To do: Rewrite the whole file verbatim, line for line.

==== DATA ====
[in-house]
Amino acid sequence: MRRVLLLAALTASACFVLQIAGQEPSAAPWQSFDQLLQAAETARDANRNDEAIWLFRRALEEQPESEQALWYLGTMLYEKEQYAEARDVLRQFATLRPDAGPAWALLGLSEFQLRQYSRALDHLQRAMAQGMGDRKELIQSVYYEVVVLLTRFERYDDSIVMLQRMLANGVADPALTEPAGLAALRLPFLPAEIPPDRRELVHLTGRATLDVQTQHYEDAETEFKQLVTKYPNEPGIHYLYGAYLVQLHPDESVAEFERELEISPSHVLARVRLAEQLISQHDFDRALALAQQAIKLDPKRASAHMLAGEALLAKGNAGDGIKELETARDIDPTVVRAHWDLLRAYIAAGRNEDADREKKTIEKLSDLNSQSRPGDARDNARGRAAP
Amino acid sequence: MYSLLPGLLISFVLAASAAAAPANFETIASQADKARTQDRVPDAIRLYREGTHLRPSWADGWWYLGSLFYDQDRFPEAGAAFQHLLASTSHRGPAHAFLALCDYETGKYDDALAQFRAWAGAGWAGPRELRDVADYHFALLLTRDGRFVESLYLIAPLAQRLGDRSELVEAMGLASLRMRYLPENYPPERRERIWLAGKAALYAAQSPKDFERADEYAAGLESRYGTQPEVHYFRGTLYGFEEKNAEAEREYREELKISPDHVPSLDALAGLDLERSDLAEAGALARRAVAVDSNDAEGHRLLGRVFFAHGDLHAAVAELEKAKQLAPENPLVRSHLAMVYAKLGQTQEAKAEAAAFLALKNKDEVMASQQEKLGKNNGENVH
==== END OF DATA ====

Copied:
[in-house]
Amino acid sequence: MRRVLLLAALTASACFVLQIAGQEPSAAPWQSFDQLLQAAETARDANRNDEAIWLFRRALEEQPESEQALWYLGTMLYEKEQYAEARDVLRQFATLRPDAGPAWALLGLSEFQLRQYSRALDHLQRAMAQGMGDRKELIQSVYYEVVVLLTRFERYDDSIVMLQRMLANGVADPALTEPAGLAALRLPFLPAEIPPDRRELVHLTGRATLDVQTQHYEDAETEFKQLVTKYPNEPGIHYLYGAYLVQLHPDESVAEFERELEISPSHVLARVRLAEQLISQHDFDRALALAQQAIKLDPKRASAHMLAGEALLAKGNAGDGIKELETARDIDPTVVRAHWDLLRAYIAAGRNEDADREKKTIEKLSDLNSQSRPGDARDNARGRAAP
Amino acid sequence: MYSLLPGLLISFVLAASAAAAPANFETIASQADKARTQDRVPDAIRLYREGTHLRPSWADGWWYLGSLFYDQDRFPEAGAAFQHLLASTSHRGPAHAFLALCDYETGKYDDALAQFRAWAGAGWAGPRELRDVADYHFALLLTRDGRFVESLYLIAPLAQRLGDRSELVEAMGLASLRMRYLPENYPPERRERIWLAGKAALYAAQSPKDFERADEYAAGLESRYGTQPEVHYFRGTLYGFEEKNAEAEREYREELKISPDHVPSLDALAGLDLERSDLAEAGALARRAVAVDSNDAEGHRLLGRVFFAHGDLHAAVAELEKAKQLAPENPLVRSHLAMVYAKLGQTQEAKAEAAAFLALKNKDEVMASQQEKLGKNNGENVH